Conditioned cueing can be characterized as an intersection of Pavlovian and instrumental conditioning processes, whereby previously neutral stimuli paired to drug experiences develop both motivational and reinforcing significance. For a review of the behavioral concepts and laboratory approaches to studying this phenomenon, refer to reviews by Everitt et al. and Everitt and Robbins (91, 92). Second-order schedules of drug reinforcement are used to study the behavior, its neural substrates, and its pharmacological modulation. Lesioning studies in animals have differentiated the involvement of nuclei, such as the basolateral amygdala, in responding for cues, as opposed to a role in primary reinforcement. Human imaging studies have reported that conditioned cues activate the amygdala, anterior cingulate, lateral orbitofrontal cortex, rhinal cortex, and right hemispheric dorsolateral prefrontal cortex (93–95). Conditioned cueing may be of relevance to human addiction, and rodent models may be of value in discovering pharmacological modulators of conditioned cues.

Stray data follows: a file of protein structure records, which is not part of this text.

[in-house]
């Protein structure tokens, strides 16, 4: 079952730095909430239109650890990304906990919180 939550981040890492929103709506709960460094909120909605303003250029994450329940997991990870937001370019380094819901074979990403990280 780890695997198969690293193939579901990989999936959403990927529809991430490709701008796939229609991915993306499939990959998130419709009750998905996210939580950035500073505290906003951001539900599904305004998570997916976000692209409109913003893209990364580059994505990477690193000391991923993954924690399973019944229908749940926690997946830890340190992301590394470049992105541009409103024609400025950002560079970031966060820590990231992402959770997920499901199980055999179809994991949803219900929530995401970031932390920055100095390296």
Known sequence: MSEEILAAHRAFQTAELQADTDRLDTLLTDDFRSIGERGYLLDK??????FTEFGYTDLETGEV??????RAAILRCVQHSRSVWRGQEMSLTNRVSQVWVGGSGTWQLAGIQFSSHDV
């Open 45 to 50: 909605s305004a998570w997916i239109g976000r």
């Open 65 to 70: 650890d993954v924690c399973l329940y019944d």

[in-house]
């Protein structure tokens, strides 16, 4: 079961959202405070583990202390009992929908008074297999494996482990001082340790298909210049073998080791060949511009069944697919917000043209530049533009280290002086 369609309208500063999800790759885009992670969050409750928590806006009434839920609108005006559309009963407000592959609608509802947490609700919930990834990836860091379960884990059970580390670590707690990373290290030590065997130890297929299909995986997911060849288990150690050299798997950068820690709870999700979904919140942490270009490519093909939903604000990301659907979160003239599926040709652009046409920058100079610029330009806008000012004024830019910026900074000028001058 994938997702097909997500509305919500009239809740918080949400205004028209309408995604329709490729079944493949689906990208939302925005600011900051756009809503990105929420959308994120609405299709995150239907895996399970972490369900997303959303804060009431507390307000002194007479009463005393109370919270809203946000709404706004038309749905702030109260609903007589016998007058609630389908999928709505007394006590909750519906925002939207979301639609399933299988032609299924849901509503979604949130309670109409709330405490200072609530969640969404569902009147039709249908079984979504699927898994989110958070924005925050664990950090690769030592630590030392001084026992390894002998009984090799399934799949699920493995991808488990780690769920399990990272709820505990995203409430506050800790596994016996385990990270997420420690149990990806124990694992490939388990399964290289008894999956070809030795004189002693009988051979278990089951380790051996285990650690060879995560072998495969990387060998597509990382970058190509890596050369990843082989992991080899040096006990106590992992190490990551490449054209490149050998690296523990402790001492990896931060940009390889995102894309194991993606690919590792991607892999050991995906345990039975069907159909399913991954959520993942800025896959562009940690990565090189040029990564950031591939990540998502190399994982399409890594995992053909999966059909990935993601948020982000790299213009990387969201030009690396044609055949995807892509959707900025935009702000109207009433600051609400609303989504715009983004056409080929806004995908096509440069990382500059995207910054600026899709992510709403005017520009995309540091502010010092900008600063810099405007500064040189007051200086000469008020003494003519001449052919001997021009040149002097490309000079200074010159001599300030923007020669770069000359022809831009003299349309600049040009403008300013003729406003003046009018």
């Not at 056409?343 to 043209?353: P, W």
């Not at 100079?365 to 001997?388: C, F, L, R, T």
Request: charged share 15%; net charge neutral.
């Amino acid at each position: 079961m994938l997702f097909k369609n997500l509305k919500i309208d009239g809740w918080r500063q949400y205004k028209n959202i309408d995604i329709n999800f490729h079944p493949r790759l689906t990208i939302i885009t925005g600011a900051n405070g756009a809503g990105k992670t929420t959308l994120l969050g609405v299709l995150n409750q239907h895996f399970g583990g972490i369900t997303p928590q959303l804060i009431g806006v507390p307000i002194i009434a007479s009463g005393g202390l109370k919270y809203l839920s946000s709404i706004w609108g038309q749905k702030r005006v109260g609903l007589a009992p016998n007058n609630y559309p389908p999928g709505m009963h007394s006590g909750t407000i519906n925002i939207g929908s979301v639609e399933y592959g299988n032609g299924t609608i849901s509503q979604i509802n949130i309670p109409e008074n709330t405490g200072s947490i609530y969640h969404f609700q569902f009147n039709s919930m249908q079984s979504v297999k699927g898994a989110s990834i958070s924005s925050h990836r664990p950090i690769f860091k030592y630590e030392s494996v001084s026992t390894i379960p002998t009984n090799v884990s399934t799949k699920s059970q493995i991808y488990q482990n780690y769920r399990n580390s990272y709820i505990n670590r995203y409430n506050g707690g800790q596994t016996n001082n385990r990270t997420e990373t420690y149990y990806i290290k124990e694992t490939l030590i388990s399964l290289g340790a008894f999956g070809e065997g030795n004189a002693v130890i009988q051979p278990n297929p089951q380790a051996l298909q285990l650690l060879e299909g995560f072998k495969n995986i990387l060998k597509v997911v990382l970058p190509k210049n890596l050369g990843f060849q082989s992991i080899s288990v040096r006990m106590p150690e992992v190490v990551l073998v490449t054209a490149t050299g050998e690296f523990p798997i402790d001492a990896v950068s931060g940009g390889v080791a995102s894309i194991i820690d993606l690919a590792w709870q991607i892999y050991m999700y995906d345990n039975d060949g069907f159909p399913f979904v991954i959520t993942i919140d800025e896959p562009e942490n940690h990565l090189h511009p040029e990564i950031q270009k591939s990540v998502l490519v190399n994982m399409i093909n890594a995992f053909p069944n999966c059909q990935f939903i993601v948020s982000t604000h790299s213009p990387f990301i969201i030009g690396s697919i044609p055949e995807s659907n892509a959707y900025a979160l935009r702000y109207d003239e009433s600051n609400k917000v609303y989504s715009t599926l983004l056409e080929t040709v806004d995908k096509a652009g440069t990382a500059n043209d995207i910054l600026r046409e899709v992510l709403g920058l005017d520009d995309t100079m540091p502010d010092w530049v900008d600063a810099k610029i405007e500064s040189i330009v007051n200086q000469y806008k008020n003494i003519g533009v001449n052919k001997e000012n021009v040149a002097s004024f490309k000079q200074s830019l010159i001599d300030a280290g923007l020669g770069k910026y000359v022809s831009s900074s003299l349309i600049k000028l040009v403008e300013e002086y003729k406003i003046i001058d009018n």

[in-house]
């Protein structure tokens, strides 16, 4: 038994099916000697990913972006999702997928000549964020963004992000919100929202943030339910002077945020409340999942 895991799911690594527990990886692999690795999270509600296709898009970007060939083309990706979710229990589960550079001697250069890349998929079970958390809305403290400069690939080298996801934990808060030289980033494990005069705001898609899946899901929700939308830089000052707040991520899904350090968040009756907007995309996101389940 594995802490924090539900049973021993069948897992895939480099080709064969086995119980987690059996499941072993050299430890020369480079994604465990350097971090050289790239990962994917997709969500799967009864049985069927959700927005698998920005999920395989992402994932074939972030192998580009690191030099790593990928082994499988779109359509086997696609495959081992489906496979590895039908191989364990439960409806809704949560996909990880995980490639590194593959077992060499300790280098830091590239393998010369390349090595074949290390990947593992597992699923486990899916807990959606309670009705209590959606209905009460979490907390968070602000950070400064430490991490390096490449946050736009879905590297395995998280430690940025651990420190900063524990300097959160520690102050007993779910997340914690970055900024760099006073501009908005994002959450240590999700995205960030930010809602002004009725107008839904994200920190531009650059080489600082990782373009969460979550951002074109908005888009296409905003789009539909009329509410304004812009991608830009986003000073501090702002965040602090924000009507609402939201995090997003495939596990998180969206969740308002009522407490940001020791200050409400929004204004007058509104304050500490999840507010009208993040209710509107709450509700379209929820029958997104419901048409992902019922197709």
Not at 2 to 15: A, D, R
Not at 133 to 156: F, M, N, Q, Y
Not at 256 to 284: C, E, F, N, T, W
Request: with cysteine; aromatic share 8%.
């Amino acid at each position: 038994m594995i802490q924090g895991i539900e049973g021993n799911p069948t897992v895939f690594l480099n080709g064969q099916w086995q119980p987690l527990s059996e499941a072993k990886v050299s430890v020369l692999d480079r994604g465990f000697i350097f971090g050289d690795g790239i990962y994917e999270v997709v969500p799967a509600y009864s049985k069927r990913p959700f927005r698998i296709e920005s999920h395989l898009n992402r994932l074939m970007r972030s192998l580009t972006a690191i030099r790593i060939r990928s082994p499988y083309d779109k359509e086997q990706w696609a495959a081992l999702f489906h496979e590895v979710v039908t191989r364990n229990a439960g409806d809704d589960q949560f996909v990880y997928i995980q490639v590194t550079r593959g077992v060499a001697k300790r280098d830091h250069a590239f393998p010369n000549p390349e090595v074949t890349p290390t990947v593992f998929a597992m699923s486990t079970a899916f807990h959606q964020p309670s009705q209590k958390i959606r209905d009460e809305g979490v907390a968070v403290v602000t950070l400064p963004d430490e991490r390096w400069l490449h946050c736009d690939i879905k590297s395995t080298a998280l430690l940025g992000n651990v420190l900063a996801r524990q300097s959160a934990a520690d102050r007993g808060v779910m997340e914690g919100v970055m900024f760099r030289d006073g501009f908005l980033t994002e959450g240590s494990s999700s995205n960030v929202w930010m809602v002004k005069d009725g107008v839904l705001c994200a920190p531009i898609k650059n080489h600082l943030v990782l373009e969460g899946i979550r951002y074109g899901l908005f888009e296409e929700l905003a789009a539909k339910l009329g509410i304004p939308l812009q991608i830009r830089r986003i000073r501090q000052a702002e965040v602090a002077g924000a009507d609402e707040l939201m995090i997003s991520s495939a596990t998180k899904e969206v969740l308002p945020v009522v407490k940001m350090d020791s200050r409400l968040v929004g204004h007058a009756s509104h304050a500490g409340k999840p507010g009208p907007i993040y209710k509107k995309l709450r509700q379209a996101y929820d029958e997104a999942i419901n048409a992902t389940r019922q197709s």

Multiple neurotransmitter systems may be involved in behavioral responses to conditioned cues. Diverse neurotransmitter systems, such as GABA B (49), the endocannabinoid system (96), the dopamine D3 system (97), and ionotropic glutamate antagonists (98, 99) have been implicated. Cannabinoid antagonists, D3 partial agonists and antagonists, and AMPA antagonists are being sought by NIDA for testing in conditioned-cue paradigms.
Drug priming is another neural mechanism of interest (100). Priming is defined as the response to reintroduction of a drug, in the form of subsequent increased drug intake, in a formerly dependent drug user. This behavior can be modeled in the laboratory by using noncontingent administration of cocaine in animals trained to self-administer cocaine. Noncontingent administration can also provoke reinstatement in animals after extinction of self-administration (101).